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Isolated birds are also in danger of developing compulsive behaviors to counteract their boredom, such as pulling their feathers, pacing, or chewing on the bars of their cages.

Unless your bedroom doubles as an office or you and your friends spend a lot of time hanging out there, it may be a good idea to choose a more central area in the house to place your bird.

Great tips if you REALLY want your bird cage in your bedroom

#1 Clean the bird cage every night

To reduce the risk of an allergic reaction and keep your bedroom smelling fresh, you can clean your bird’s cage every night before putting your bird to bed. Dust tends to settle on the bedding and bars of the cage.

Replacing the bedding and giving the cage a quick wipe-down will help reduce both dust and odor. Newspapers make a hassle-free cage liner that is easily replaced. All-natural but fresh-smelling bedding like pine chips can also keep the cage fresh.

#2 Offer the bird frequent baths

Some birds enjoy splashing around in a dish of clean water. Others like to be misted from a spray bottle. Offering your bird frequent baths will help cut down on the dust in the air, keeping your shared space healthier and cleaner. Most birds will be eager to bathe.

Offer the Bird Frequent Baths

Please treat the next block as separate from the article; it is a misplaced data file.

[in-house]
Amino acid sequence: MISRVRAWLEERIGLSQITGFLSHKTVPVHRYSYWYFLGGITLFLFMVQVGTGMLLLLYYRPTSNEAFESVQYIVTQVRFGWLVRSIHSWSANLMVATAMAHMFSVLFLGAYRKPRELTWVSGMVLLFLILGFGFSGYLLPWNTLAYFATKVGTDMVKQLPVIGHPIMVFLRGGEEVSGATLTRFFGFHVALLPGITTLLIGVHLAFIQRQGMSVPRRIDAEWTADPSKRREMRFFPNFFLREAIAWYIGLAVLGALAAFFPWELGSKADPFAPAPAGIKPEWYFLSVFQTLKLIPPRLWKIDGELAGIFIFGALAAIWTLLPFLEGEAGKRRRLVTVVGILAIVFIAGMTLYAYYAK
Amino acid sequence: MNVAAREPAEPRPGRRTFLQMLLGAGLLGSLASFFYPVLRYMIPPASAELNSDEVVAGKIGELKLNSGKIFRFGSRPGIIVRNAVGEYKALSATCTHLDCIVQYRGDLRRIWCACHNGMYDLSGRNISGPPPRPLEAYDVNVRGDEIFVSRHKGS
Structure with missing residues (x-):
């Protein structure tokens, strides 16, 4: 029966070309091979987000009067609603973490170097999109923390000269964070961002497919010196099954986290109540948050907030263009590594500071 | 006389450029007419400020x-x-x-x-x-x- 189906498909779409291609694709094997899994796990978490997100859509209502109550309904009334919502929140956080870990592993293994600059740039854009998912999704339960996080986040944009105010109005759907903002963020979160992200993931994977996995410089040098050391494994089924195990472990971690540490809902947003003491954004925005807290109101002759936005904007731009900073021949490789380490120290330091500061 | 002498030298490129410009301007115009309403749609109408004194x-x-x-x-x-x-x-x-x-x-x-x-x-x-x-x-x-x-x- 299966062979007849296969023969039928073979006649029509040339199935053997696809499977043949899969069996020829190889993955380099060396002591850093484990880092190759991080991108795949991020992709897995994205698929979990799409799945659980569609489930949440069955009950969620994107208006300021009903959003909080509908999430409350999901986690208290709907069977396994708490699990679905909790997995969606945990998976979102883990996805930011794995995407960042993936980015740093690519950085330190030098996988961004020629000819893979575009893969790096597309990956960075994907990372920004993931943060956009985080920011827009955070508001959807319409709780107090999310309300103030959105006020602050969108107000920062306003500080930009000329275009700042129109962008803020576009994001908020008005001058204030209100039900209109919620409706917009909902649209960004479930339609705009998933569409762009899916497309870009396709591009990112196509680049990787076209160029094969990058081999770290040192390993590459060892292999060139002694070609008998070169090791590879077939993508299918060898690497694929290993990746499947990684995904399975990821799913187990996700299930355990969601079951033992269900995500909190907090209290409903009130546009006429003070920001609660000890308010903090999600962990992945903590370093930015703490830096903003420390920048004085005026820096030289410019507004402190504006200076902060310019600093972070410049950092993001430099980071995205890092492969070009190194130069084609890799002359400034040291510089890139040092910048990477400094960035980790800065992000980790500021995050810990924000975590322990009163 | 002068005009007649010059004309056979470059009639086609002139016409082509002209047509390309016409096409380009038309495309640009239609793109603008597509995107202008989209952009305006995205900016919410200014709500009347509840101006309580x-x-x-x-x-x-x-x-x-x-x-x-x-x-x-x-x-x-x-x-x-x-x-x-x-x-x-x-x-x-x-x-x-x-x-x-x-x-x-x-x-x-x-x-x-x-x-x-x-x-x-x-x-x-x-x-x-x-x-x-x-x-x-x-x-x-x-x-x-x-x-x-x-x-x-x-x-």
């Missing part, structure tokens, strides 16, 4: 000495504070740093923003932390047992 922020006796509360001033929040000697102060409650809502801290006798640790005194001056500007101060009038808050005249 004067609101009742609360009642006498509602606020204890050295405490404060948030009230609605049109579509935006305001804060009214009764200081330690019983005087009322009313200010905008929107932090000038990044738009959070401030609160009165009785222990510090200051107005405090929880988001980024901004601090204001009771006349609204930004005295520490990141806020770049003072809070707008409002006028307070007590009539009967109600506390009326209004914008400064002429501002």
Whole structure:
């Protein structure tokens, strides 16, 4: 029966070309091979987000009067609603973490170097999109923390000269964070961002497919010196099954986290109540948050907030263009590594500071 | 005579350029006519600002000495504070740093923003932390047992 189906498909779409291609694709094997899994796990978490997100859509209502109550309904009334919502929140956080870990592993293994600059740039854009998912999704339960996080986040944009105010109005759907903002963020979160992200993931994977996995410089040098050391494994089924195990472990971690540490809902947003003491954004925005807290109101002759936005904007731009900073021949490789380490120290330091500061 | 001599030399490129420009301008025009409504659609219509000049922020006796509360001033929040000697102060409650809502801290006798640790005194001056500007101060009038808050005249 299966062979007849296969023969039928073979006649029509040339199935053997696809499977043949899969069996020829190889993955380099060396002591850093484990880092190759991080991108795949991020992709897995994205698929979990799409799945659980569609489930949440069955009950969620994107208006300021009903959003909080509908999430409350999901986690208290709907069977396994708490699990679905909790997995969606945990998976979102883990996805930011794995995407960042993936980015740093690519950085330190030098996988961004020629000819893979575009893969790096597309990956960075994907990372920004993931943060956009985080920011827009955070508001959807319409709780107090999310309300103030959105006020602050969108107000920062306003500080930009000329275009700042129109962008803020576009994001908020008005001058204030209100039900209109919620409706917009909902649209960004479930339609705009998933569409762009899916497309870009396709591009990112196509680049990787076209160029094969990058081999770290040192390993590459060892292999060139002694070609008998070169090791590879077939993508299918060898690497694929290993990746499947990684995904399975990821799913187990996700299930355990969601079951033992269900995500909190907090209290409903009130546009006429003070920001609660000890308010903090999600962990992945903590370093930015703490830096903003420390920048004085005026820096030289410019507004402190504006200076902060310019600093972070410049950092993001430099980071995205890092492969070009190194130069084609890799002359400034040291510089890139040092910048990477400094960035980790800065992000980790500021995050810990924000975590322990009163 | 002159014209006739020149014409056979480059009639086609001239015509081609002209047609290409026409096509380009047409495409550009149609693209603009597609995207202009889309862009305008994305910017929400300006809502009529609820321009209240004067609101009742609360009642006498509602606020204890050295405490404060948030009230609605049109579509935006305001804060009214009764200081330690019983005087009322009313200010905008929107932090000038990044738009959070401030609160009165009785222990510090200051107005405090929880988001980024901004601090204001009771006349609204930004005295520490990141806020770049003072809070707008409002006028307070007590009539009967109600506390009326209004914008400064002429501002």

If yours has an aversion to it, you may be able to teach her to enjoy it by rewarding short misting sessions with a treat. Some reluctant bathers will also be willing to bathe in dripping greens hung from the side of the cage. Others may be enticed by a trickle of running water in a shallow sink.

If your bird enjoys baths but doesn’t want one on a particular day, it’s best not to push it. Baths should be offered early enough in the day that the bird is completely dry by bedtime.

#3 Use an air purifier

No matter where in the house you keep your bird, an air purifier is helpful for keeping both your lungs and your bird’s lungs clear. Especially if you have a dustier species, investing in a good purifier is one of the best ways to maintain a clean, healthy atmosphere in your bedroom.

#4 Cover your bird’s cage at night

Most birds will quickly learn to accept a covering over their cage at night. Many even appreciate it. This will allow you to decide when the bird wakes you in the morning while ensuring he gets enough rest no matter how long your computer screen is glowing.

Be sure to choose a safe covering. A lightweight blanket will work, but it needs to be breathable with no loose threads that can catch on your bird’s nails or entangle him. It’s best to cover only three sides of the cage, leaving it out from the wall a bit so your bird gets plenty of fresh air.

#5 Keep things interesting

One of the most important tips for keeping a happy bird in your bedroom is to make sure she still gets plenty of company. Make sure you are still spending several hours a day with her, whether you’re working at a desk in the same room or taking her with you about the house.